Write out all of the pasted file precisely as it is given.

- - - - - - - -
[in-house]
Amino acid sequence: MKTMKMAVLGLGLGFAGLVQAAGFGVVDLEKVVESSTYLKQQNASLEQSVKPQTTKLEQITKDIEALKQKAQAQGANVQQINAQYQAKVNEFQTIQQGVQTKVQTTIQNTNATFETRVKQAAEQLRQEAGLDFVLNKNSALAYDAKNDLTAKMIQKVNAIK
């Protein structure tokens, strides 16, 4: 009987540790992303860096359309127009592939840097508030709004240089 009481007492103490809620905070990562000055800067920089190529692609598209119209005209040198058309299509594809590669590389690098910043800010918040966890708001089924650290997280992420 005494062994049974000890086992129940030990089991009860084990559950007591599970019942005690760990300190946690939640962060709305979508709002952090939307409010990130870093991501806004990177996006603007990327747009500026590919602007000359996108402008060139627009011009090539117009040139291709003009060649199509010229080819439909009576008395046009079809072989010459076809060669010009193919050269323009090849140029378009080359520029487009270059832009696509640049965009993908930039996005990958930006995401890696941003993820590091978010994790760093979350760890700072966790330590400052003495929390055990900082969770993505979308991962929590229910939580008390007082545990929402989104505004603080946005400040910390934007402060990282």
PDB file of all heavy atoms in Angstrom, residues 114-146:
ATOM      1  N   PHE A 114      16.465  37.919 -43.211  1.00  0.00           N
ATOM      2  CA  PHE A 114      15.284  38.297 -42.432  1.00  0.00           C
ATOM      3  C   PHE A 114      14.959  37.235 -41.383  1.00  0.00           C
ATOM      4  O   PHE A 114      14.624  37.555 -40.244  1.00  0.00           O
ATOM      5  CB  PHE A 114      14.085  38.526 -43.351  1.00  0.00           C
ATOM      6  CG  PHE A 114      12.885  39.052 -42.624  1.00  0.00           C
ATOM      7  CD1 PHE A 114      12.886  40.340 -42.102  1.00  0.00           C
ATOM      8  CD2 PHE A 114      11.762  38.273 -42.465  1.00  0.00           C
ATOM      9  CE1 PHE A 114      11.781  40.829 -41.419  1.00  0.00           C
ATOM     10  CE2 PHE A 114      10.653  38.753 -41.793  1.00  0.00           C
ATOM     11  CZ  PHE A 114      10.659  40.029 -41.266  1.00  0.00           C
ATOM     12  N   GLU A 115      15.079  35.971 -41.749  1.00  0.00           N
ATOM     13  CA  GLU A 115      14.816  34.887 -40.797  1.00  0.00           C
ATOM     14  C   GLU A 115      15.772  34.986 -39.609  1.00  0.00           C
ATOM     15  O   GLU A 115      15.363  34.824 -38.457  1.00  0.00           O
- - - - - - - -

[in-house]
Amino acid sequence: MKTMKMAVLGLGLGFAGLVQAAGFGVVDLEKVVESSTYLKQQNASLEQSVKPQTTKLEQITKDIEALKQKAQAQGANVQQINAQYQAKVNEFQTIQQGVQTKVQTTIQNTNATFETRVKQAAEQLRQEAGLDFVLNKNSALAYDAKNDLTAKMIQKVNAIK
């Protein structure tokens, strides 16, 4: 009987540790992303860096359309127009592939840097508030709004240089 009481007492103490809620905070990562000055800067920089190529692609598209119209005209040198058309299509594809590669590389690098910043800010918040966890708001089924650290997280992420 005494062994049974000890086992129940030990089991009860084990559950007591599970019942005690760990300190946690939640962060709305979508709002952090939307409010990130870093991501806004990177996006603007990327747009500026590919602007000359996108402008060139627009011009090539117009040139291709003009060649199509010229080819439909009576008395046009079809072989010459076809060669010009193919050269323009090849140029378009080359520029487009270059832009696509640049965009993908930039996005990958930006995401890696941003993820590091978010994790760093979350760890700072966790330590400052003495929390055990900082969770993505979308991962929590229910939580008390007082545990929402989104505004603080946005400040910390934007402060990282």
PDB file of all heavy atoms in Angstrom, residues 114-146:
ATOM      1  N   PHE A 114      16.465  37.919 -43.211  1.00  0.00           N
ATOM      2  CA  PHE A 114      15.284  38.297 -42.432  1.00  0.00           C
ATOM      3  C   PHE A 114      14.959  37.235 -41.383  1.00  0.00           C
ATOM      4  O   PHE A 114      14.624  37.555 -40.244  1.00  0.00           O
ATOM      5  CB  PHE A 114      14.085  38.526 -43.351  1.00  0.00           C
ATOM      6  CG  PHE A 114      12.885  39.052 -42.624  1.00  0.00           C
ATOM      7  CD1 PHE A 114      12.886  40.340 -42.102  1.00  0.00           C
ATOM      8  CD2 PHE A 114      11.762  38.273 -42.465  1.00  0.00           C
ATOM      9  CE1 PHE A 114      11.781  40.829 -41.419  1.00  0.00           C
ATOM     10  CE2 PHE A 114      10.653  38.753 -41.793  1.00  0.00           C
ATOM     11  CZ  PHE A 114      10.659  40.029 -41.266  1.00  0.00           C
ATOM     12  N   GLU A 115      15.079  35.971 -41.749  1.00  0.00           N
ATOM     13  CA  GLU A 115      14.816  34.887 -40.797  1.00  0.00           C
ATOM     14  C   GLU A 115      15.772  34.986 -39.609  1.00  0.00           C
ATOM     15  O   GLU A 115      15.363  34.824 -38.457  1.00  0.00           O